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The UCCJEA

Home > Child Custody  > The UCCJEA

The UCCJEA

uccjea

What it means, what it’s for, and how it can protect your family.

What it means: The letters UCCJEA stand for Uniform Child Custody Jurisdiction and Enforcement Act. In 1997, due to frequent misuse of parents trying to avoid custody determinations by moving from state to state or even leaving the country, the National Conference of Commissioners on Uniform State Laws put together the UCCJEA to help prevent parents from using unlawful conduct in child custody disputes. The UCCJEA sets forth a set of rules and procedures for interstate and international custody battles. Each state has a section of their state statutes regarding what is in the “best interest” of minor children, describing in detail the purpose, scope, and procedural directions of the UCCJEA. The act itself is lengthy and can be read in its entirety by visiting http://www.lrcvaw.org/laws/fluccjea.pdf

Here it should be noted that in the event you find yourself dealing with an interstate or international custody problem it is imperative you find an experienced Family Law attorney to help you. Attorney Grant Gisondo who practices in West Palm Beach and serves Palm Beach, Martin, St. Lucie, Miami-Dade, Broward, Orange, and Hillsborough counties is an experienced Family Law attorney who can provide the representation you need. He offers a free, initial, in-office consultation where he will meet with you personally to answer questions and share with you how he can help. You can call his office at (561) 530-4568 to make an appointment.

What it’s for: To help put the UCCJEA in perspective, the following list of purposes is quoted from Florida Statute 61.501 section 61.592.

  1. “Avoid jurisdictional competition and conflict with courts of other states in matters of child custody, which have in the past resulted in the shifting of children from state to state with harmful effects on their well-being.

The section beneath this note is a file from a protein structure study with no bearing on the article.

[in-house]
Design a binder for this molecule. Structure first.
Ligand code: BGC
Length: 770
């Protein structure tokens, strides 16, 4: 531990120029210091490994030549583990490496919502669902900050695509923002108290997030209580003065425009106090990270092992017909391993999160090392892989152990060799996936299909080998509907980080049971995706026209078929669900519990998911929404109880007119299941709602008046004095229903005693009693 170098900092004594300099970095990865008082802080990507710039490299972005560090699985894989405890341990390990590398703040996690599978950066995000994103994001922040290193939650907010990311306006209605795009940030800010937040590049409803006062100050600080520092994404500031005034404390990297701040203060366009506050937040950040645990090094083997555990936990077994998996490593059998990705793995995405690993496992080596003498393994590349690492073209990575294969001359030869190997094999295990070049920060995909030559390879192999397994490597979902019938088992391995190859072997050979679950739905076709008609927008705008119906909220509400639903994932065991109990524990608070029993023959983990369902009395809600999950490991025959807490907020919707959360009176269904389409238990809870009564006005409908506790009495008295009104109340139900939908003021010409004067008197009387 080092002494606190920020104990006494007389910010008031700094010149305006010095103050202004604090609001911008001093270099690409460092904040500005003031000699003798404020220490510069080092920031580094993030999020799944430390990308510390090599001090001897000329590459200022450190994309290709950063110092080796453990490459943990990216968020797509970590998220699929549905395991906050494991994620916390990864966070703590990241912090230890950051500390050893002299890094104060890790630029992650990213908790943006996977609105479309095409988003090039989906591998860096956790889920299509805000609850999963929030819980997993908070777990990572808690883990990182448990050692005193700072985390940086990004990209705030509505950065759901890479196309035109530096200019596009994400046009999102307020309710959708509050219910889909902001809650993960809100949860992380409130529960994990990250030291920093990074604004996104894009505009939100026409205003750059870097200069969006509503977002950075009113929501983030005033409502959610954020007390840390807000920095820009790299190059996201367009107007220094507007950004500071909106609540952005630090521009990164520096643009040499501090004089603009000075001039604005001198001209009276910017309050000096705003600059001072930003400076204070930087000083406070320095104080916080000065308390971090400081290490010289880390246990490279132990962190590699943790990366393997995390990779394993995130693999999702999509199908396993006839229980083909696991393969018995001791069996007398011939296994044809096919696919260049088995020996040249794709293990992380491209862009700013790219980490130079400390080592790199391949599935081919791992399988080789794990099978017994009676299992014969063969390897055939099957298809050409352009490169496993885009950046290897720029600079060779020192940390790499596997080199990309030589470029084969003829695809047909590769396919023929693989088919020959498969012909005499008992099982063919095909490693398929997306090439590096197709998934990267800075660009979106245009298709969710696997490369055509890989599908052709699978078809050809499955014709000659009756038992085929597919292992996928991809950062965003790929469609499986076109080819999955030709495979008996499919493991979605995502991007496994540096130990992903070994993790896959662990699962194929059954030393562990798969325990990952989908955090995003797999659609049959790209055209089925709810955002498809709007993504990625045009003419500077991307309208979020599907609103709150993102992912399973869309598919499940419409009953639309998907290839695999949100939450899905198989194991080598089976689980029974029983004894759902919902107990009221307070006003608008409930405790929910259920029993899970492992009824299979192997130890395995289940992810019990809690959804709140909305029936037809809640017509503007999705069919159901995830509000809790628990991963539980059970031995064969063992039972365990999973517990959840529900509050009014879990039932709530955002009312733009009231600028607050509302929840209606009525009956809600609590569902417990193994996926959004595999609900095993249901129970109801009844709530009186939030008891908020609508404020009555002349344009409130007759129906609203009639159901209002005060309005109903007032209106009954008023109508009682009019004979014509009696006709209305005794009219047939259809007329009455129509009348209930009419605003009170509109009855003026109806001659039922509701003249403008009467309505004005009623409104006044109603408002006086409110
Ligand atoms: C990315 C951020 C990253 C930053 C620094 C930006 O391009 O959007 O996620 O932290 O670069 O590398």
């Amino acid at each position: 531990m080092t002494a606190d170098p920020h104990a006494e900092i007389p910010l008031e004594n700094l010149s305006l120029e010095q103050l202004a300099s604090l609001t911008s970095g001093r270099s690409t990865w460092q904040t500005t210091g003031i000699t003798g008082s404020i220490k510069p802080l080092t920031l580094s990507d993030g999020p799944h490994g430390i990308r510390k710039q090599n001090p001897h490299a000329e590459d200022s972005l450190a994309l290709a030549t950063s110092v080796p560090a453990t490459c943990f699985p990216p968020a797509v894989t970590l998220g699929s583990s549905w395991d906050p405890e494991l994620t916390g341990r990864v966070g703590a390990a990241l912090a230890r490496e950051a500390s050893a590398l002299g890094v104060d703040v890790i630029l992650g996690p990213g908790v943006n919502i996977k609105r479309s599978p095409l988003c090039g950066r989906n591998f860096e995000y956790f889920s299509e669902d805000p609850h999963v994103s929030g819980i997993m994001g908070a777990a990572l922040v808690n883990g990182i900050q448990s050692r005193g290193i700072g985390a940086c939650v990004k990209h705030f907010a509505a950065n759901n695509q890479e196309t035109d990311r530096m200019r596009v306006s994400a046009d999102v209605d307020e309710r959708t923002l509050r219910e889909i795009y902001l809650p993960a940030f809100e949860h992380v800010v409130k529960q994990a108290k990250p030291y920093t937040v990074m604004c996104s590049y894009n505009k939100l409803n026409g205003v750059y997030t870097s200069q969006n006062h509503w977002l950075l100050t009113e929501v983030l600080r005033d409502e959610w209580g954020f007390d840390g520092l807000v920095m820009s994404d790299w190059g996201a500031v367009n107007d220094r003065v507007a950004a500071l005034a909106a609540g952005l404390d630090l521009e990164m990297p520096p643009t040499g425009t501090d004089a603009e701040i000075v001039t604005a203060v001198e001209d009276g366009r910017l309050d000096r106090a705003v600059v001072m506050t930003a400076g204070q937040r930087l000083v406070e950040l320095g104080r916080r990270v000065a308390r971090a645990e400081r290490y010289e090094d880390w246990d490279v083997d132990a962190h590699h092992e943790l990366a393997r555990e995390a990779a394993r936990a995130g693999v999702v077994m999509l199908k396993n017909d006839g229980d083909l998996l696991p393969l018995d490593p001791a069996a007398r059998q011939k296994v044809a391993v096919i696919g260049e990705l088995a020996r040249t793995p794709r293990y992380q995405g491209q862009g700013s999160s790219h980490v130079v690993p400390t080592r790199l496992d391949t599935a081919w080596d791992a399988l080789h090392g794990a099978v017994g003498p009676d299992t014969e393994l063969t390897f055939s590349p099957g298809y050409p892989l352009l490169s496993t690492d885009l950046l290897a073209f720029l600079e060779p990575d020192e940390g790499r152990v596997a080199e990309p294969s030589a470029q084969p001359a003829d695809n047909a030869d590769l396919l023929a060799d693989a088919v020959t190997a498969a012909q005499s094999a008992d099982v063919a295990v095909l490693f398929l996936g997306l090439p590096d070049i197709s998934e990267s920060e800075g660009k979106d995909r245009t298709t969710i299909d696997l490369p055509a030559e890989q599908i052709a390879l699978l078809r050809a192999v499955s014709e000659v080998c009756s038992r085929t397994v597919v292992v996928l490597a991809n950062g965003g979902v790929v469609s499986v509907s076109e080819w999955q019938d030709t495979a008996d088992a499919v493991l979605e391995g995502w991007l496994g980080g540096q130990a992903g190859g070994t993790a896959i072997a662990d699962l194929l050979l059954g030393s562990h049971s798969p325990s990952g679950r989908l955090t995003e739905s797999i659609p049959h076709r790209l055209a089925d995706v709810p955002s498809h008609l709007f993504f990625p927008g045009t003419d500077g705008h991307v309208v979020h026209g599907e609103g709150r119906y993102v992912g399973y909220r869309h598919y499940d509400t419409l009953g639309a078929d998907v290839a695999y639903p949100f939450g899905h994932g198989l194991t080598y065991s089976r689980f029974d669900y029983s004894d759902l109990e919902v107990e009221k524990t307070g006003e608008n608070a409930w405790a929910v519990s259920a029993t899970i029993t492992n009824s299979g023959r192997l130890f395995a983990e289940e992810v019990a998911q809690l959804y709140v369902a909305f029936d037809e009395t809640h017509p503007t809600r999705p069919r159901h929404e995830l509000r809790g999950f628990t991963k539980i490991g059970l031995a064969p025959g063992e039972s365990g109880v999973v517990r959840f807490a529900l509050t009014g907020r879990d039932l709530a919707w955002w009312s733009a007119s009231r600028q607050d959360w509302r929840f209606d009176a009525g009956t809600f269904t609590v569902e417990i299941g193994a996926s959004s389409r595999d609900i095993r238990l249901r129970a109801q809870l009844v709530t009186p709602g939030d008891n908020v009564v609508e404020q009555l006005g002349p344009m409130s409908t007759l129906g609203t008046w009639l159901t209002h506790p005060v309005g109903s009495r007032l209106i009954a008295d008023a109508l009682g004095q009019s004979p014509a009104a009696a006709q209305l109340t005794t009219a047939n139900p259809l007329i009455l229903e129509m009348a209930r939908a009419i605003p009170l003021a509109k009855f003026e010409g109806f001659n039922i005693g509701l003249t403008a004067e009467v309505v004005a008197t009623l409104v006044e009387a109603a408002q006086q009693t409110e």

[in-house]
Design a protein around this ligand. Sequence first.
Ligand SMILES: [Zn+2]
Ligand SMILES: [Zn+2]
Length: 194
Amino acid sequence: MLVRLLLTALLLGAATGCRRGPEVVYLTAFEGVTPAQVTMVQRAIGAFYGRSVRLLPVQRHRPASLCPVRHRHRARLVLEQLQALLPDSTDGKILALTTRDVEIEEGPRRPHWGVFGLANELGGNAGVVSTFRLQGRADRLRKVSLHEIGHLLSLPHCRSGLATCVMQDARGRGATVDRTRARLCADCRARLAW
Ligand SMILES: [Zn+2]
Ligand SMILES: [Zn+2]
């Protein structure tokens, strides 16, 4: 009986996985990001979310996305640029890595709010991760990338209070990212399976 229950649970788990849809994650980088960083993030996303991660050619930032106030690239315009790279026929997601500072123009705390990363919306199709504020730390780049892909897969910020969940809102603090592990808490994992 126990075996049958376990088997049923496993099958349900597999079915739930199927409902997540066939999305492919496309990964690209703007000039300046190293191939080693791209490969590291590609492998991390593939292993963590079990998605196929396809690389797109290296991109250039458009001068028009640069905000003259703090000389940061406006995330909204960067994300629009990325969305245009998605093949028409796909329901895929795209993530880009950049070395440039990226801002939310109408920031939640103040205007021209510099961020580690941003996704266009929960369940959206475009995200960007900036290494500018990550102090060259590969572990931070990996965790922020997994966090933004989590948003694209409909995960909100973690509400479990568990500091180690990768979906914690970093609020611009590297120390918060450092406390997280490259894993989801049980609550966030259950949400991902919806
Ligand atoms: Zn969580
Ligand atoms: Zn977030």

2. Promote cooperation with the courts of other states to the end that a custody decree is rendered in the state that can best decide the case in the interest of the child.
  3. Discourage the use of the interstate system for continuing controversies over child custody.
  4. Deter abductions
  5. Avoid relitigating the custody decrees of other states.
  6. Facilitate the enforcement of custody decrees of other states.
  7. Promote and expand the exchange of information and other forms of mutual assistance between courts of this state and those of other states concerned with the same child.
  8. Make uniform the law with respect to the subject of this part among the states enacting it.”

In addition to interstate custody concerns, the UCCJEA sets forth rules and procedures for such child custody issues as:

  1. For Native American children
  2. How to determine which state has the jurisdictional rights over the child
  3. Ordering the physical appearance of a parent with or without the child
  4. Creating a temporary court ordered visitation schedule if the child has none
  5. Requiring certain information (unless the person has legal reason for confidentiality) including name, address, all litigation concerning the child, and where and with whom the child has been living for the past 5 years.

Furthermore, the UCCJEA provides rules for international custody disputes. For example, enforcement under the Hague Convention allows a court in Florida to enforce an order for the return of a child via International Child Abduction as if it were a child custody determination. What appropriate costs, fees, and expenses can be awarded are also a part of the UCCJEA Florida statute.

How it can protect your family: First and foremost the UCCJEA makes abducting a child across state lines or out of the country much more difficult. It allows the court to serve a warrant to immediately take custody of a child who is likely to suffer serious physical harm or removal from the state. Over all, while by no means a 100% guarantee interstate and international battles over child custody will end, the UCCJEA goes a long way to promoting a fair and beneficial child custody decision when states and hopefully, foreign countries cooperate.